Bollywood always inspires me by being absolutely ridiculous. You can experience something truly enriching and still not talk about it twice, but it’s impossible not to share something ludicrous.
A lady clad in a saree, dancing maniacally, swinging her pallu 180o/270o/360o. A gent standing there clad in the following – chest hair, shirt, 3-piece suit, socks, and shoes – dazed. And with the same attire they’ll be in cold Himalayan (or Swiss) mountains (depending on the film’s budget) and/or in Thar (or Sahara) desert.
Please return to reality.
The question that comes to my mind is that why has this choreography made sense to so many for so many years. (Now things have changed and Ranbir Kapoor does unnecessary and unconvincing break-dance solos in battamiz dil and the breakup song, revisiting the same towards the end.)
So what inspired our choreographers to give our lead actress a mock-tail of steroids & adrenaline before a song’s picturisation, while our lead actor got plain old tranquiliser?
I don’t know the answer, but I seriously want to understand their inspiration behind this act, because if they look around, they will find that this makes zero sense.
In more species than not, it’s the male who woos the female by dancing, singing, croaking etc. etc., and not the other way round. In our folklore and mythology, we had syamvar which is where ‘The Bachelor’ was inspired from, Lord Krishna himself played the flute to charm the ladies, and I’m sure we can resurrect some more examples if we dig a little more. And even if we are to shun these patriarchal ideas, this inequality, why not talk about the different qualities of each sex that are a conspicuous indication of them being a good mate. A simple example would be the wide hips of females for carrying the developing baby and the broad shoulders of men to do the other heavy-lifting. Again, evolutionary and physiological evidence is rare to show females wooing for the males’ attention by doing infinite number of pirouettes around the male who’s playing statue with an imaginary childhood friend. And yet our filmmakers seemed to be spilling this very choreography everywhere.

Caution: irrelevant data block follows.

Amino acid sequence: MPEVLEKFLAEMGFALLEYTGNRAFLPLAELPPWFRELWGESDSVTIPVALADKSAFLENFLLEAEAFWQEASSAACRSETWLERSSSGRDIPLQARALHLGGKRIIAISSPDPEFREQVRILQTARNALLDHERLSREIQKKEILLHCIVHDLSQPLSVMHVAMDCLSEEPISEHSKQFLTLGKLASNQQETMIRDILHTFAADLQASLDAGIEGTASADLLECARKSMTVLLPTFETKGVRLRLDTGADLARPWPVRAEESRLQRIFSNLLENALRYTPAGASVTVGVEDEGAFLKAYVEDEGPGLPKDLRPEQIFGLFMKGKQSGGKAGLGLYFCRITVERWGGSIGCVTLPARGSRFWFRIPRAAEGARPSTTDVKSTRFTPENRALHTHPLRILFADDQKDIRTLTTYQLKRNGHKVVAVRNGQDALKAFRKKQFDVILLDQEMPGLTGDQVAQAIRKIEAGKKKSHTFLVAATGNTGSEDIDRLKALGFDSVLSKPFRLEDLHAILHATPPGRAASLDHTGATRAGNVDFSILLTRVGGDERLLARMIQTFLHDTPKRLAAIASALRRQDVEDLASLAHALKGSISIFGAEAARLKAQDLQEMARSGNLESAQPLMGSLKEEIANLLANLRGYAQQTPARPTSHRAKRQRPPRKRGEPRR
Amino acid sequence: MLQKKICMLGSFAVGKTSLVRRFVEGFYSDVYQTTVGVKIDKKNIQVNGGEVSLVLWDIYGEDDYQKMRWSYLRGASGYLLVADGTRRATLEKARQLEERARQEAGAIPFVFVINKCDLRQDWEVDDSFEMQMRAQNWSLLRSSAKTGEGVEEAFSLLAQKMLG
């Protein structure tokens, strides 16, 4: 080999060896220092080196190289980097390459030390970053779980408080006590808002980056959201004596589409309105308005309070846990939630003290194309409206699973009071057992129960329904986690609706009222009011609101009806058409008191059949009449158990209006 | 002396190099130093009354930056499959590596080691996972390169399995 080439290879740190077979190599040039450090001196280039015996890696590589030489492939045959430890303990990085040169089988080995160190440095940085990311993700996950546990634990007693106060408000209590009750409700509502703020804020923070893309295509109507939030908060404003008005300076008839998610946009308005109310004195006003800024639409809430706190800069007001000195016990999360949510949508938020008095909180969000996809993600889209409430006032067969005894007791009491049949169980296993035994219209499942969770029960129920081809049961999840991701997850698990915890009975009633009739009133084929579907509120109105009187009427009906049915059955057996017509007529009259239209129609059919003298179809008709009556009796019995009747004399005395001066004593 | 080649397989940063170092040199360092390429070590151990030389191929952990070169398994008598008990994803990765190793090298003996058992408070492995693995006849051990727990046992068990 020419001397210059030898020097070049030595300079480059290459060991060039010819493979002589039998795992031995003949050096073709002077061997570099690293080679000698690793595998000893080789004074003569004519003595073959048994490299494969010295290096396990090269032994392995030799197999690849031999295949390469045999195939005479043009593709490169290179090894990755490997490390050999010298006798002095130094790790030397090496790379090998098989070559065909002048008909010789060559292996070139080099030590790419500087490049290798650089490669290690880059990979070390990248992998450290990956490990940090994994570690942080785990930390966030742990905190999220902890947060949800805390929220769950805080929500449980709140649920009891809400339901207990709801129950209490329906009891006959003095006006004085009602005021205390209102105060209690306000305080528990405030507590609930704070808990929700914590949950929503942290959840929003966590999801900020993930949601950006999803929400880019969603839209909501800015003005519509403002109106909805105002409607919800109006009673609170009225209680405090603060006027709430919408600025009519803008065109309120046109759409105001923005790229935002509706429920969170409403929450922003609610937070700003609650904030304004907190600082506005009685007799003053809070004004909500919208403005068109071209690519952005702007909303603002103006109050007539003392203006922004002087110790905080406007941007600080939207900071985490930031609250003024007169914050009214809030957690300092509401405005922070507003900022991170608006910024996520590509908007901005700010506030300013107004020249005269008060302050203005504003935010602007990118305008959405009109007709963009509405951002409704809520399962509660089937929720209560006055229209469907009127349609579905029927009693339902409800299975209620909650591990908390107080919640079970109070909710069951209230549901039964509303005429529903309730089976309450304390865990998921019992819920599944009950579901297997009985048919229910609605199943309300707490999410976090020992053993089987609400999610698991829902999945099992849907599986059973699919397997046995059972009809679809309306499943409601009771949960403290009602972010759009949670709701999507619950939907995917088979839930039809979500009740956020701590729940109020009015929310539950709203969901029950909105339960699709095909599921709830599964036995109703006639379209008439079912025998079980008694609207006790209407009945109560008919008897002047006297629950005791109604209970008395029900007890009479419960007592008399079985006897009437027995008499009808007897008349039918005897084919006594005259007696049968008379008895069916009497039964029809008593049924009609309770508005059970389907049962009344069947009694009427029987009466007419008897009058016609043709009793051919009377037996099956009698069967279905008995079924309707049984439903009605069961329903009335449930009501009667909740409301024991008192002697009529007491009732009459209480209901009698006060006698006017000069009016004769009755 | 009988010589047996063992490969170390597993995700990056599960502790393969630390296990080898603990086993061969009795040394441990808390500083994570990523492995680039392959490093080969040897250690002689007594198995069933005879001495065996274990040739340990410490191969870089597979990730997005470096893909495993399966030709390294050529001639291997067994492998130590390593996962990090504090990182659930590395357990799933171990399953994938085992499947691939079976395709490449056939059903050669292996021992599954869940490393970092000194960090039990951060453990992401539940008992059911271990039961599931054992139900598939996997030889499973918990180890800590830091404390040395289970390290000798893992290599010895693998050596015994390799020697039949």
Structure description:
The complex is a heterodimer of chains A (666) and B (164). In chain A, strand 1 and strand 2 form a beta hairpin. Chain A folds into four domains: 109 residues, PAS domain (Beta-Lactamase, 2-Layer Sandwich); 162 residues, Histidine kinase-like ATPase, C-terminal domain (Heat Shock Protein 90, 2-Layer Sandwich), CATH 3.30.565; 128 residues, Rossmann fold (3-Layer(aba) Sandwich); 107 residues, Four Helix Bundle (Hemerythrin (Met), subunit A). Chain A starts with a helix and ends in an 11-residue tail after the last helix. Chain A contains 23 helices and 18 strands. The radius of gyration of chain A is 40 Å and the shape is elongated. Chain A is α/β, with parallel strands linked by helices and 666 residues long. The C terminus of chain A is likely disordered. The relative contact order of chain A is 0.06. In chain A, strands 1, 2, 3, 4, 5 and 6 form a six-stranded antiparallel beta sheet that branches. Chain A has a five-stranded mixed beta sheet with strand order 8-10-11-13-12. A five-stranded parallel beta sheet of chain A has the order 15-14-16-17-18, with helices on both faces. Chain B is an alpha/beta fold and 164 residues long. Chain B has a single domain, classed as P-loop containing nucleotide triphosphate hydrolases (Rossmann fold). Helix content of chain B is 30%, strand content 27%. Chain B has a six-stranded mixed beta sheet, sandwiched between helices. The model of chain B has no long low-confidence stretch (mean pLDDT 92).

A defense in their case could be that they got inspired from the apsaras of the Oriya temples, but that was really not the kind of loving relationship amongst lovers which is based on equality, they were more like professionals whose job it was to ‘entertain’ the gods (or the devadasi, if you know what I mean). Anyway, that’s as far as my knowledge of Indian mythology goes, hence, I’ve kept this explanation short.
And finally to conclude, now the gents are breaking a leg in Bollywood, which is more in line with evolution, but I’m not sure who they’re being able to woo. Nonetheless, I prefer to listen to this music than to watch it.
Off to my pirouette practice, 5,6,5,6,7,8…